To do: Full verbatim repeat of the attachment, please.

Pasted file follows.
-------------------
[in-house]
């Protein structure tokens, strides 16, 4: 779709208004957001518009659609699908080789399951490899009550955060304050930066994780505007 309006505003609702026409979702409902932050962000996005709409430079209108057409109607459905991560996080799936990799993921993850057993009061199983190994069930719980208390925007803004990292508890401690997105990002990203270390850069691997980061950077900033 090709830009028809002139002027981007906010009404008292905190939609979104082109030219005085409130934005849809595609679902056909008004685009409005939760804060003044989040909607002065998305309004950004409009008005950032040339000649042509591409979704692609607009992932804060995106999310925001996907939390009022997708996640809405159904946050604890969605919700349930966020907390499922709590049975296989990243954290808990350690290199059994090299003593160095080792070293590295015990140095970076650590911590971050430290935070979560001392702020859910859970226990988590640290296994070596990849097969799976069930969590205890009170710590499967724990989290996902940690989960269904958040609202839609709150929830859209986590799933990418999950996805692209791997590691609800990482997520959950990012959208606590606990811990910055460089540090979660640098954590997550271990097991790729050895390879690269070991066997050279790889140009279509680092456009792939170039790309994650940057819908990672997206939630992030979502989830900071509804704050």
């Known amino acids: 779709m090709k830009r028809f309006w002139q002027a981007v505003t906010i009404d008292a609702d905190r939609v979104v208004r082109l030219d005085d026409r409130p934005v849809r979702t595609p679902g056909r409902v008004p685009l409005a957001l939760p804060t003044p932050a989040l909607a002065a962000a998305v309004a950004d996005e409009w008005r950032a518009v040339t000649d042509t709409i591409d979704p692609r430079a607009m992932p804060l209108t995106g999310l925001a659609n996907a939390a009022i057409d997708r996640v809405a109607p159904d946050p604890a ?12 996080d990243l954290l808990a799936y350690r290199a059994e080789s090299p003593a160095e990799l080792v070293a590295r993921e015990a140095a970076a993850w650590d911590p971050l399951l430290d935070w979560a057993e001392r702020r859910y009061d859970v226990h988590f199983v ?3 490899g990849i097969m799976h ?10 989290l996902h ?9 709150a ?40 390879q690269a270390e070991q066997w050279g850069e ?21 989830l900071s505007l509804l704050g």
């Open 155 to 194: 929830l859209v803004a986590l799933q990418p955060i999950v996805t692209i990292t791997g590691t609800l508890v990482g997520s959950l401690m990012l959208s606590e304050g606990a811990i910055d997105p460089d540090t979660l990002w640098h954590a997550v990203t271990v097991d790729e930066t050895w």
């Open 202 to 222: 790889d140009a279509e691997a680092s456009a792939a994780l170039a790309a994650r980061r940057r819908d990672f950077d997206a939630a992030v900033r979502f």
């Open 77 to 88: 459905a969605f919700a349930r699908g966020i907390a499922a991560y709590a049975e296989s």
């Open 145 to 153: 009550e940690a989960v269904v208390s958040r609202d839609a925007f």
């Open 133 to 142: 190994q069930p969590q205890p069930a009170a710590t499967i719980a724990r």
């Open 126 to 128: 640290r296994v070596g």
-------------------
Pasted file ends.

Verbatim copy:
[in-house]
């Protein structure tokens, strides 16, 4: 779709208004957001518009659609699908080789399951490899009550955060304050930066994780505007 309006505003609702026409979702409902932050962000996005709409430079209108057409109607459905991560996080799936990799993921993850057993009061199983190994069930719980208390925007803004990292508890401690997105990002990203270390850069691997980061950077900033 090709830009028809002139002027981007906010009404008292905190939609979104082109030219005085409130934005849809595609679902056909008004685009409005939760804060003044989040909607002065998305309004950004409009008005950032040339000649042509591409979704692609607009992932804060995106999310925001996907939390009022997708996640809405159904946050604890969605919700349930966020907390499922709590049975296989990243954290808990350690290199059994090299003593160095080792070293590295015990140095970076650590911590971050430290935070979560001392702020859910859970226990988590640290296994070596990849097969799976069930969590205890009170710590499967724990989290996902940690989960269904958040609202839609709150929830859209986590799933990418999950996805692209791997590691609800990482997520959950990012959208606590606990811990910055460089540090979660640098954590997550271990097991790729050895390879690269070991066997050279790889140009279509680092456009792939170039790309994650940057819908990672997206939630992030979502989830900071509804704050």
């Known amino acids: 779709m090709k830009r028809f309006w002139q002027a981007v505003t906010i009404d008292a609702d905190r939609v979104v208004r082109l030219d005085d026409r409130p934005v849809r979702t595609p679902g056909r409902v008004p685009l409005a957001l939760p804060t003044p932050a989040l909607a002065a962000a998305v309004a950004d996005e409009w008005r950032a518009v040339t000649d042509t709409i591409d979704p692609r430079a607009m992932p804060l209108t995106g999310l925001a659609n996907a939390a009022i057409d997708r996640v809405a109607p159904d946050p604890a ?12 996080d990243l954290l808990a799936y350690r290199a059994e080789s090299p003593a160095e990799l080792v070293a590295r993921e015990a140095a970076a993850w650590d911590p971050l399951l430290d935070w979560a057993e001392r702020r859910y009061d859970v226990h988590f199983v ?3 490899g990849i097969m799976h ?10 989290l996902h ?9 709150a ?40 390879q690269a270390e070991q066997w050279g850069e ?21 989830l900071s505007l509804l704050g």
């Open 155 to 194: 929830l859209v803004a986590l799933q990418p955060i999950v996805t692209i990292t791997g590691t609800l508890v990482g997520s959950l401690m990012l959208s606590e304050g606990a811990i910055d997105p460089d540090t979660l990002w640098h954590a997550v990203t271990v097991d790729e930066t050895w």
């Open 202 to 222: 790889d140009a279509e691997a680092s456009a792939a994780l170039a790309a994650r980061r940057r819908d990672f950077d997206a939630a992030v900033r979502f």
């Open 77 to 88: 459905a969605f919700a349930r699908g966020i907390a499922a991560y709590a049975e296989s």
């Open 145 to 153: 009550e940690a989960v269904v208390s958040r609202d839609a925007f």
């Open 133 to 142: 190994q069930p969590q205890p069930a009170a710590t499967i719980a724990r």
């Open 126 to 128: 640290r296994v070596g």